This coincided with an evolution in the consumers’ relationship with their shopping journey. Affiliate has the unique capabilities of encompassing all channels so that it fits in perfectly with social media, the internet, and being able to provide greater value to people’s lives.
Wirecutter has been at the forefront of this trend, as we helped to prove to others this model could scale successfully. Today, millions of readers turn to Wirecutter’s advice for inspiration and making smarter shopping decisions.
DCN: What is your company’s approach to affiliate marketing, content/commerce mix, video, social?
Han: Our recommendations – and affiliate marketing – have always been at the core of our business since its 2011 launch. While we’re technically classified as commerce content, we don’t separate our work into content or commerce. We are simply focused on providing the best service journalism to our readers.
Compared to competitors, we are not in the business of worshiping products. We are in the business of helping users find out what is worth paying for and what is the best product for the price. We employ a journalistic, methodical process to uncover the right information.
We make a recommendation – not just a review. We communicate in a way that is relatable and direct – not academic. Wirecutter cuts the time and stress of shopping by providing direct and actionable buying advice.
We knew if we took care of the reader experience and prioritized their trust in us above all else, the monetization follows. That’s an indication we’re hitting the mark on being helpful to them. That’s a balance we have to strike to serve our readers and our ability to monetize. Our team does a great job of finding that balance.
As digital innovation has evolved over the years, so have the channels through which we can reach our audiences. We view video and social media as another way to introduce new readers to our advice while reaching them in the moment in the spaces where they’re organically spending their time.
DCN: What are the driving factors underscoring where to put the efforts?
Han: Our core mission is to serve our readers with helpful advice and earn their trust. Our recommendations are at the center of our efforts. We try to be thoughtful about how we engage with our audiences and whether we’re successful in meeting their needs.
We aim to be as impartial as possible from any business interests. Our approach is being transparent through every point of the user experience.
The affiliate model aligns well with our reader service mission because we do not earn commissions if we are not successful in earning trust and making the right recommendations. A successful affiliate business is a clear indicator we are doing right by the reader. The data helps inform us whether we’re meeting the mark on what readers need advice on and what to buy.
DCN: How do you mitigate the inherent challenges?
Han: One of the biggest challenges at the beginning is figuring out what resonates with your readers, how you can gain traction with them to return and click through to purchase, and then scaling that in a way that honors your service for your readers. While affiliate marketing can be a very meaningful revenue stream, it is not as turnkey as some other channels. It requires time, effort, and a lot of testing to eventually find the sweet spot of your editorial voice and how to monetize effectively.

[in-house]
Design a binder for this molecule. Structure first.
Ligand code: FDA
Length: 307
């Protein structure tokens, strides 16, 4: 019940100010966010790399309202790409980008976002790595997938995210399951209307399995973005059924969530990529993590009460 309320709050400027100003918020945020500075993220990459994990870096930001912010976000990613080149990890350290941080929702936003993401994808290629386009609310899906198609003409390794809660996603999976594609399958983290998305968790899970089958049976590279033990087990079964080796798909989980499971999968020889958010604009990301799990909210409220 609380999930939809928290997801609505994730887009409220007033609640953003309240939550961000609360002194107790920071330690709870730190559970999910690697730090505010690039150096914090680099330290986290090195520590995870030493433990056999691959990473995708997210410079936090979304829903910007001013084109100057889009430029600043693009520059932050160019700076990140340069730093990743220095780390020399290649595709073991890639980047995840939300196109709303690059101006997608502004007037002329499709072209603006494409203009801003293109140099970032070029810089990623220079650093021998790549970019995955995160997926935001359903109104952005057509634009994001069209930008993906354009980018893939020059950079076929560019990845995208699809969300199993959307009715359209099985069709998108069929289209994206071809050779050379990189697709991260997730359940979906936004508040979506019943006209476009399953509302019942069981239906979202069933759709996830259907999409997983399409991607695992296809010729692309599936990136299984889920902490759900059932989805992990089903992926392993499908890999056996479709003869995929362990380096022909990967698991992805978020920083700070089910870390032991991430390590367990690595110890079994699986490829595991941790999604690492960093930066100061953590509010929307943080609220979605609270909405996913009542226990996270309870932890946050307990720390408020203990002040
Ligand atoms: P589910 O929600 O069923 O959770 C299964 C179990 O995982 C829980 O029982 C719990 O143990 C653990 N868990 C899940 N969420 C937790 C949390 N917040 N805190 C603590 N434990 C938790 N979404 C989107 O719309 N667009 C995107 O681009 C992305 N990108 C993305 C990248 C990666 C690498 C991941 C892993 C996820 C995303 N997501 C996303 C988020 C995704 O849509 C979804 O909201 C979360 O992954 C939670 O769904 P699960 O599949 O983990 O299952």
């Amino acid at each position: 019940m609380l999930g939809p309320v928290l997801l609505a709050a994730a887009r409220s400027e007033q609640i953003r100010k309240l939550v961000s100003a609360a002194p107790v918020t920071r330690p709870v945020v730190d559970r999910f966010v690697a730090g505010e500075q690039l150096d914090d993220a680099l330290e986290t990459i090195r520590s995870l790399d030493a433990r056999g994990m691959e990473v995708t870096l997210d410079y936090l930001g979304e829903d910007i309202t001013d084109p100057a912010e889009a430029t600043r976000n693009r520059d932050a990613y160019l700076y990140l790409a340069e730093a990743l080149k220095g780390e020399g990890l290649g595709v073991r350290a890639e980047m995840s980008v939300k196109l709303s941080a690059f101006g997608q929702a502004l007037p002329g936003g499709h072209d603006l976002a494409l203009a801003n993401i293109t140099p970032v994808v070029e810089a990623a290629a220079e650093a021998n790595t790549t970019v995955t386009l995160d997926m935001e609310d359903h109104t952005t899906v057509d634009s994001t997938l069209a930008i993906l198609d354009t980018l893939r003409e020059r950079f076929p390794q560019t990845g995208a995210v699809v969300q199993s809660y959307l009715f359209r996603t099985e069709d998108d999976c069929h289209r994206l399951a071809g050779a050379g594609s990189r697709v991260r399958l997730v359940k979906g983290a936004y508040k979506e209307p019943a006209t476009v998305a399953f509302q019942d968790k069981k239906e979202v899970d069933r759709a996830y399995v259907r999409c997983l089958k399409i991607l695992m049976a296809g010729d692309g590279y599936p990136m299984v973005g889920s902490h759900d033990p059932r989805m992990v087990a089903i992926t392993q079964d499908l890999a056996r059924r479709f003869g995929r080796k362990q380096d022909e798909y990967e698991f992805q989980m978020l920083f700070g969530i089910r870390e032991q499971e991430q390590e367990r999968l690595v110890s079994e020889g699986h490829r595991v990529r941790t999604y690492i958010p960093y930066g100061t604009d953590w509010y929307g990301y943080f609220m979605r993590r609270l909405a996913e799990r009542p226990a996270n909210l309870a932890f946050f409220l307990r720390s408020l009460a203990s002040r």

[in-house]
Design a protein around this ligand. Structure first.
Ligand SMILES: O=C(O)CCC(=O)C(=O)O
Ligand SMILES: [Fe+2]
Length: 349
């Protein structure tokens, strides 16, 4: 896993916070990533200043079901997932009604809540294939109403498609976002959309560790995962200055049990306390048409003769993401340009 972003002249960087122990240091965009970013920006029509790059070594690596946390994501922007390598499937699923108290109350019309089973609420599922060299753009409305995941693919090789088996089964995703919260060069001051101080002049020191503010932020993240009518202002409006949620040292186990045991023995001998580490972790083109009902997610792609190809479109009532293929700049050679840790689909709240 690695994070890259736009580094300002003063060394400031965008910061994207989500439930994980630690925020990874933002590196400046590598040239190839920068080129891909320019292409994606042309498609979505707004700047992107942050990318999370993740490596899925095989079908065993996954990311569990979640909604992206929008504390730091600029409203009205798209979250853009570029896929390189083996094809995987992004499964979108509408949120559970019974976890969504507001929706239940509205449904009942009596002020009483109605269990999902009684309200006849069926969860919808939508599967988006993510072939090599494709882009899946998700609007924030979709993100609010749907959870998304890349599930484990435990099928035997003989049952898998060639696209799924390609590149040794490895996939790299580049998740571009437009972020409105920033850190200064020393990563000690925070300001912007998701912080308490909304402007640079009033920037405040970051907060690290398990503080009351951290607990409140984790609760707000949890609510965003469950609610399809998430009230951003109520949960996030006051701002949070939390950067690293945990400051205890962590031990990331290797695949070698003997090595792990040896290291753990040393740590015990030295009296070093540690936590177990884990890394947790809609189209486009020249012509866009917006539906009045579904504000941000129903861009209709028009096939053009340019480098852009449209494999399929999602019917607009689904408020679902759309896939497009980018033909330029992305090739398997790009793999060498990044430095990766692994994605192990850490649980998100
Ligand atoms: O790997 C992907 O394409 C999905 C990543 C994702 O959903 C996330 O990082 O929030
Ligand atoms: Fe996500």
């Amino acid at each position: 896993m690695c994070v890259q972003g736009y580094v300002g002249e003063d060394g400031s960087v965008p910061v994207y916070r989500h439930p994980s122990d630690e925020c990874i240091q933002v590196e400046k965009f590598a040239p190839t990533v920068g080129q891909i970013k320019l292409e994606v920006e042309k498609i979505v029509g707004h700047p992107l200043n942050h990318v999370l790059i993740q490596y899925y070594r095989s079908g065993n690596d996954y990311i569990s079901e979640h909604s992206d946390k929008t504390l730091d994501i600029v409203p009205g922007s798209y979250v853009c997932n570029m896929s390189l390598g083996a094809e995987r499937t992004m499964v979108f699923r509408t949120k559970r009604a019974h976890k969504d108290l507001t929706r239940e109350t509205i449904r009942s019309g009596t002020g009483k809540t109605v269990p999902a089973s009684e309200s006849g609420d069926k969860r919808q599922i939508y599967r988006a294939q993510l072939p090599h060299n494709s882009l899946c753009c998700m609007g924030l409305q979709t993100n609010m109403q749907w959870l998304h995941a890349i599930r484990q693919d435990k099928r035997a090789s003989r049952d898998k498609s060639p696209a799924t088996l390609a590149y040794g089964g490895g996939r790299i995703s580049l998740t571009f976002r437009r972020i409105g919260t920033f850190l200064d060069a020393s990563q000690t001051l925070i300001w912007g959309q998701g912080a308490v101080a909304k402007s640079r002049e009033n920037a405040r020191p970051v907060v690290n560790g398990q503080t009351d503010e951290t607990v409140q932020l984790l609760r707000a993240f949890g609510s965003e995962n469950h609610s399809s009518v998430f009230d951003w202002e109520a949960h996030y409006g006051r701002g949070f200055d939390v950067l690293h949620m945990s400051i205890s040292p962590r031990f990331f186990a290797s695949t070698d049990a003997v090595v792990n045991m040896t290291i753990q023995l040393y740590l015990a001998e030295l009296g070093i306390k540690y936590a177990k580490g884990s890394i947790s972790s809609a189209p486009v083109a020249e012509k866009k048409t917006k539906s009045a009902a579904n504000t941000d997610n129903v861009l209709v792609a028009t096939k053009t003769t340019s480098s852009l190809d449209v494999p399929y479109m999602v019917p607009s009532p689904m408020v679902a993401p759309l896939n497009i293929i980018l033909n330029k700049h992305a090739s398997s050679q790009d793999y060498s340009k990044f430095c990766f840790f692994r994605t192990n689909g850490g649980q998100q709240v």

Another challenge is in how to strike the right balance between sources that are key drivers of your business and ensuring you’re diversified enough to withstand changes that are outside of your control.
One example of this for Wirecutter is organic search and the ever-changing algorithms that can impact how much traffic is coming to your site.
Last fall, we launched a subscription product because we know that our journalism is worth paying for and we are focused on deepening our relationship with our readers. This allows us to reach these readers directly and lessen our reliance on other traffic sources to bring readers back to Wirecutter. So far, we are seeing positive results that confirm our belief that Wirecutter’s service journalism is a meaningful resource in people’s lives.
Despite our priority to grow our subscriber base, we are continuing to focus on our affiliate business as well. Our affiliate business model remains unchanged. If you click a link on our site and buy something we recommend, we may receive a commission.
As always, our writers and editors are never made aware of any business relationships we have with retailers. We’ll continue to make picks independent of all business and financial interests. Those things will never change: helping readers make the right buying decisions will always come first.
The change happening with browser updates and privacy regulations is also top of mind for many publishers and what the deprecation of cookies means for the industry. Many of the major affiliate networks have been addressing this by updating their tracking technology to help mitigate any losses from these changes, while Wirecutter has proprietary technology that has also helped us to mitigate any loss.
Education may not be an obvious segue for a news publisher. But when you look more closely, it can actually be an incredibly powerful way to leverage the expertise of journalists to create something valuable for your audience (and bottom line). The Economist launched its Executive Education pillar in February 2021 as a growth initiative that would allow it to leverage its journalists’ deep knowledge and understanding of global issues.
The education sector itself is vast, and there are many routes publishers could take, from accredited courses to partnerships with schools and universities. The Economist decided to focus on its existing audience, and tailor its courses at highly qualified senior executives. “We’re already catering to the needs of mid-career executives who are upskilling, and that’s our target audience for our courses,” explained Fionnuala Duggan, Executive Director of Education at The Economist Group Media.